Last month, I facilitated a symposium on urban wildlife at the Northeast Association of Fish & Wildlife Agency (NEAFWA)’s 2016 conference. This annual event brings together Fish & Wildlife staff, academic professors, researchers, and students, and non-profit wildlife conservation scientists. Every year, wildlife colleagues discuss conservation topics such as fisheries management, wildlife connectivity, and habitat restoration.
Urban habitat and wildlife conservation are relatively minor topics within the conservation community, at least until more recently. When proposing this symposium, I expected to have difficulty finding speakers and an engaged audience. However, I was heartened and inspired to receive sincere interest and support for the urban themes presented in the symposium. Topics ranged from urban coyotes, to conservation planning in downtown New York City, to habitats on golf courses across the Northeast.
Audubon International has long existed at the fringe of the traditional environmental movement. Our mission, brilliantly conceived nearly 30 years ago by Ron Dodson, was to embrace the need for developed landscapes to reduce their impact on nature, provide clean water and habitat, and support wildlife in settings where people have altered the ecology. In the past five to ten years, it has been encouraging to watch major institutions adopt the need to think and act more sustainably by implementing business and conservation strategies which focus on environmental protection, social justice, and economic vitality. Universities are adopting sustainability programs, offering more courses and majors to help our next generation achieve these goals. Major corporations now have sustainability staff and major programs that reward achievements in environmental and resource conservation. Foundations and agency funding are accepting these approaches for protecting and conserving resources.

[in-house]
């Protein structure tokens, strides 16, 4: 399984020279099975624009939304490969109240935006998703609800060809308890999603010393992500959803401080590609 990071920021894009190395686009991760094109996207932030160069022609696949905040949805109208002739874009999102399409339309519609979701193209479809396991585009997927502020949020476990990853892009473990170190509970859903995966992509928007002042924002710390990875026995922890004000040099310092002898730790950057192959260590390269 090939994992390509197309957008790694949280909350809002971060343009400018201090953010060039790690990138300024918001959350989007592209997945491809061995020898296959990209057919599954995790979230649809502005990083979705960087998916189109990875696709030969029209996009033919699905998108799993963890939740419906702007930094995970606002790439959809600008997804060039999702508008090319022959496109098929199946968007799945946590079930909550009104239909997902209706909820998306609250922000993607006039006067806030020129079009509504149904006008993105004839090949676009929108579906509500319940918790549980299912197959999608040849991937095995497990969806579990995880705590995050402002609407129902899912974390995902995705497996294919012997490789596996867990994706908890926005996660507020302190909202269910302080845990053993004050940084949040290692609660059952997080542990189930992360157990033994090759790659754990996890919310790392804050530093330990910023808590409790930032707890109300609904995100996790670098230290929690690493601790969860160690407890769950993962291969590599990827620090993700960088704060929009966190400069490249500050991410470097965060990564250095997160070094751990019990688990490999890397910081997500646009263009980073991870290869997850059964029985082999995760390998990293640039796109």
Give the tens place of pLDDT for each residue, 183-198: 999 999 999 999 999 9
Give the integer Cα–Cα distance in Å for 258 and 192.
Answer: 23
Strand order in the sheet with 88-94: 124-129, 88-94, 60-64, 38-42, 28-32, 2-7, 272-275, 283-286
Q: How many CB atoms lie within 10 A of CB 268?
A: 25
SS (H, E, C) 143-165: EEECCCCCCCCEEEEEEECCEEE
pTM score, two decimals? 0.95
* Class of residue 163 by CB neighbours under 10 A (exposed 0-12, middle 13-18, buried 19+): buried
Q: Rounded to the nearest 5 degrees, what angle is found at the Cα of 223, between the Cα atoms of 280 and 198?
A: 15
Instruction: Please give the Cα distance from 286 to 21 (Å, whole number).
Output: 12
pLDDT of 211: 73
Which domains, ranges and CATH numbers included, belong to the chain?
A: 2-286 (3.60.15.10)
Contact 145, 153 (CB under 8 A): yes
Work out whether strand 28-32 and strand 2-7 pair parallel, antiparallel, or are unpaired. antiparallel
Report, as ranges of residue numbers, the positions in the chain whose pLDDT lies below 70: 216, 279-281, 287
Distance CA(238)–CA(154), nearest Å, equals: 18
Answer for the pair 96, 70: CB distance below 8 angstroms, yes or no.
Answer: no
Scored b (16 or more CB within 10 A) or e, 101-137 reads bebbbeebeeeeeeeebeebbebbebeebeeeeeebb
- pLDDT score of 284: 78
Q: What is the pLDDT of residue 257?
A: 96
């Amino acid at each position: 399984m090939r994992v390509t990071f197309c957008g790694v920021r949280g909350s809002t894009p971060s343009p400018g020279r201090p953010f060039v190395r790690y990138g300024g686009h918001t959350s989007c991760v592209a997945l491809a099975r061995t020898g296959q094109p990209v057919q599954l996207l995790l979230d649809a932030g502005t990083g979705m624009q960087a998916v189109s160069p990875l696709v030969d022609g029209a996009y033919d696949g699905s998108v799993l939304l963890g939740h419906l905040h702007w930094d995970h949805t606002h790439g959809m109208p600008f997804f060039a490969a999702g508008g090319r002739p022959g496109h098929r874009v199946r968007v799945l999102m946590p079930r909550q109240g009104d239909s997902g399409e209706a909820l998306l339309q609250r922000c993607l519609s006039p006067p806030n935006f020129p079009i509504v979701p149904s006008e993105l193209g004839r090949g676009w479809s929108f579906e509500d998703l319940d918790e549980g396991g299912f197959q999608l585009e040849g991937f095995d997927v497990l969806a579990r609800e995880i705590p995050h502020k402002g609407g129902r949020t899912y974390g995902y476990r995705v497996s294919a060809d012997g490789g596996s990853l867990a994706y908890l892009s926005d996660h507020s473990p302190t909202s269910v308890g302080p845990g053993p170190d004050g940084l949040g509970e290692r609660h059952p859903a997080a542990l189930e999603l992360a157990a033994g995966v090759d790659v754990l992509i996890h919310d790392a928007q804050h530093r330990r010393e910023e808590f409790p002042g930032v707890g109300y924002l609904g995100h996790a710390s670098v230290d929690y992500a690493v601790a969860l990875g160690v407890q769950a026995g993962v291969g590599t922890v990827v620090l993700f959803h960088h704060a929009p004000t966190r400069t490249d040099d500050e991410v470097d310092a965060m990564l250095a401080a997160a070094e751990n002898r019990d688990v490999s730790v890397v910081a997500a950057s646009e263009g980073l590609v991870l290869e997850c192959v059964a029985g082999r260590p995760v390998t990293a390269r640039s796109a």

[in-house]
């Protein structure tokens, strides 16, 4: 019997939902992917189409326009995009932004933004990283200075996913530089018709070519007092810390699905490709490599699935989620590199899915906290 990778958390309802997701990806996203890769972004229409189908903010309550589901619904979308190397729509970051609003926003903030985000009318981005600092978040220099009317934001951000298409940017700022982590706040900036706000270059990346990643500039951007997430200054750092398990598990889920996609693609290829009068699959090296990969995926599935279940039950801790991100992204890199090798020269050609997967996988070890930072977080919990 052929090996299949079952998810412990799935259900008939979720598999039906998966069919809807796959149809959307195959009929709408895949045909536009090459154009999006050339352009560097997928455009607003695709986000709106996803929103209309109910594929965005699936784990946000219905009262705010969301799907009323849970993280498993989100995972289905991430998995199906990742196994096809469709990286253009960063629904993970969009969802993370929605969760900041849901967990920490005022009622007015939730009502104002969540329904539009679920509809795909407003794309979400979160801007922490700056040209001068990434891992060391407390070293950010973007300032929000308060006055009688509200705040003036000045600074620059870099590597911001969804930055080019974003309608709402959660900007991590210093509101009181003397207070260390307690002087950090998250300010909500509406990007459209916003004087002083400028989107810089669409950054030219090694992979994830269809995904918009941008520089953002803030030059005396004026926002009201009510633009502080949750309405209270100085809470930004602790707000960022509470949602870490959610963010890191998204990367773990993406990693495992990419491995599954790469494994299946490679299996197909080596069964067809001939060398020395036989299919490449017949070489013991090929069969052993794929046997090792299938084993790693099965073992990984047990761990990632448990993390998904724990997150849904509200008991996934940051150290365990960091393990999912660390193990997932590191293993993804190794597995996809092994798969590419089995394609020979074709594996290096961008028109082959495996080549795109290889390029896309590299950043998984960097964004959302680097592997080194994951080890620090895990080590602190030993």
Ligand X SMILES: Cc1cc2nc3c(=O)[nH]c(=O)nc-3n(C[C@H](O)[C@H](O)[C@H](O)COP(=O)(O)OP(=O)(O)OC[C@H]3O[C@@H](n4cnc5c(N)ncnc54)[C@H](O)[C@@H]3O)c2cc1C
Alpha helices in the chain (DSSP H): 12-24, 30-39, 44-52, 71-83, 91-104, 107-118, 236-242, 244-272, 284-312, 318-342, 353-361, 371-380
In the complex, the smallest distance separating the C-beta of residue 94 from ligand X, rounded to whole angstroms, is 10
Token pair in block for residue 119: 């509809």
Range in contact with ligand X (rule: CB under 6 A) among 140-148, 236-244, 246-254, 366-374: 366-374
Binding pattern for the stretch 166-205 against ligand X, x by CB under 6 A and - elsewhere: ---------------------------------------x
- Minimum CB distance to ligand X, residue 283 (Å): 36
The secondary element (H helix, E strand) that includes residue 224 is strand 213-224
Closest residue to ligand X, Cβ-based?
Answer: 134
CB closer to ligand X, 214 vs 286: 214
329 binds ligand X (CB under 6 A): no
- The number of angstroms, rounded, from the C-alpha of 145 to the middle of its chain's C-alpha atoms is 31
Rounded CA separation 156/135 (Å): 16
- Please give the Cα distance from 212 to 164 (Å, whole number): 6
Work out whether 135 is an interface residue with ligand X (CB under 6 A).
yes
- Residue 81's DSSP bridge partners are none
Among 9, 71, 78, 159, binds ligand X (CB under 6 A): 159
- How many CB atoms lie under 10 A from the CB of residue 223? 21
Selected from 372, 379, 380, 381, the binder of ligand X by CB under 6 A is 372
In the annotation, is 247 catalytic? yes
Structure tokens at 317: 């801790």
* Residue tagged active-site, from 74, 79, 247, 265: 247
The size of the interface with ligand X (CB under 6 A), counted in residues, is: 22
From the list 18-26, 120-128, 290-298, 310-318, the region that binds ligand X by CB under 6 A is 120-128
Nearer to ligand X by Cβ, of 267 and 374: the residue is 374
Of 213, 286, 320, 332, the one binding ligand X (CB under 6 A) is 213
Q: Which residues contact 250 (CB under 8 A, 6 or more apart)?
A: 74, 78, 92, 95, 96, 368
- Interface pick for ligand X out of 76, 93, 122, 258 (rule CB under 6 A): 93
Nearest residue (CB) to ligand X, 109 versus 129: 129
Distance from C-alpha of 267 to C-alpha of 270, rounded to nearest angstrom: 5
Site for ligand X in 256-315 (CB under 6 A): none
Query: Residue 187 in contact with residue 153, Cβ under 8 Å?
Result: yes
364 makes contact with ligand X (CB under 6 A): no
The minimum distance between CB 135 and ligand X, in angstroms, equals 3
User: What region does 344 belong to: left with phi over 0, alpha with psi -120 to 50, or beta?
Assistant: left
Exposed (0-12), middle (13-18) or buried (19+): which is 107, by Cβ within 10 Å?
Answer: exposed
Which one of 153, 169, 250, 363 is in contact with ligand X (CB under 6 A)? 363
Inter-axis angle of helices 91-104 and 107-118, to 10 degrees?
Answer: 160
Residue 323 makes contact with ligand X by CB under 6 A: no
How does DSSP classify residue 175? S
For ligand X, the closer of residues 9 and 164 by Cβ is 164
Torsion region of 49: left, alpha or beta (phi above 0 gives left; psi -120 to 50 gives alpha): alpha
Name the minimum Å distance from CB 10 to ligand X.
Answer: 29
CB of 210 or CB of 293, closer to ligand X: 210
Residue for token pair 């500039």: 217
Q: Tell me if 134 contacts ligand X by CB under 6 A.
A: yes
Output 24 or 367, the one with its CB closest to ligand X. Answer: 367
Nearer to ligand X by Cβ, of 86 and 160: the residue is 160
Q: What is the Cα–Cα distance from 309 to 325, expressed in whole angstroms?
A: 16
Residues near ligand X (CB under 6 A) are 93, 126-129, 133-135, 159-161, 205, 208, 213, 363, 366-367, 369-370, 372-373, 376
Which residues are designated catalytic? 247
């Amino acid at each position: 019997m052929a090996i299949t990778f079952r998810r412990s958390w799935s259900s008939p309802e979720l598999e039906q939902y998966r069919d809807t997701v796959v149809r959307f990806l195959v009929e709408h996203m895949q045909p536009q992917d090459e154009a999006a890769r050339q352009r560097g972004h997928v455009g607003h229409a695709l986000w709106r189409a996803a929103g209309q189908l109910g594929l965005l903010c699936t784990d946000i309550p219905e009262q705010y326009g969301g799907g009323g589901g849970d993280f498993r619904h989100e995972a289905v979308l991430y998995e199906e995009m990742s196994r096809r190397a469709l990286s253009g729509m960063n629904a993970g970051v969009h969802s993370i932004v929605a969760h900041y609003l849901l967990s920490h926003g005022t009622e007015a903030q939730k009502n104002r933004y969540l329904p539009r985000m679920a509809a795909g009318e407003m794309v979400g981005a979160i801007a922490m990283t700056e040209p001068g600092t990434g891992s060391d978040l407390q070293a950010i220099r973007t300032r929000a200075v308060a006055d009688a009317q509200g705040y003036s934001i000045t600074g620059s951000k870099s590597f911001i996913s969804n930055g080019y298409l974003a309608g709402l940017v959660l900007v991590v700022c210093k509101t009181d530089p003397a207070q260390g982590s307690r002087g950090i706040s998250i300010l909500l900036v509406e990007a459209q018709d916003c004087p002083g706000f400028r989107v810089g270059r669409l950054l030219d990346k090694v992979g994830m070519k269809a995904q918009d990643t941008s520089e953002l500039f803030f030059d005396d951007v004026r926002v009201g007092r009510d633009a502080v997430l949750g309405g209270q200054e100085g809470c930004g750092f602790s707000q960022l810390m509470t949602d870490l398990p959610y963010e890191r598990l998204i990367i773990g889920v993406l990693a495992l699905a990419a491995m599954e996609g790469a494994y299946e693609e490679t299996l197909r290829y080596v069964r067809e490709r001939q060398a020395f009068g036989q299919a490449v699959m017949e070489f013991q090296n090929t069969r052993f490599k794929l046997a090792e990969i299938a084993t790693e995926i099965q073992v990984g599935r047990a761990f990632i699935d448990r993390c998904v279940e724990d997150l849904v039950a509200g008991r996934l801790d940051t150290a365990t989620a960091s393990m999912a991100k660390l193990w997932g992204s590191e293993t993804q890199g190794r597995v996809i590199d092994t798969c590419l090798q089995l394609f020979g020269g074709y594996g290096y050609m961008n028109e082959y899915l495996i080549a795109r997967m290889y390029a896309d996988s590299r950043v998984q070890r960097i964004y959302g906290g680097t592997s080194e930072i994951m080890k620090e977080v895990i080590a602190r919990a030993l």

In our growing role within the conservation movement, Audubon International explores the many ways in which developed landscapes and properties can contribute to a healthy ecosystem. We are thrilled to see an increasing recognition of this need to incorporate human developments into a stewardship ethic. Emerging strategies for protecting basic ecological services in human settings are not only gaining acceptance among conservation biologists, they are now a business imperative.
Over the course of the next month, people worldwide will be celebrating Earth Day, International Migratory Bird Day, and Endangered Species Day. I am sure I am missing a few notable “days”, but heck, every day is Earth Day, right? As you celebrate Earth Day (or Earth Week, or Earth Month), I encourage you to expand your vision of what it means to protect nature. People need trees, birds, and green space both in the mountains on the horizon and in the neighborhoods and cities where they work, live, and play.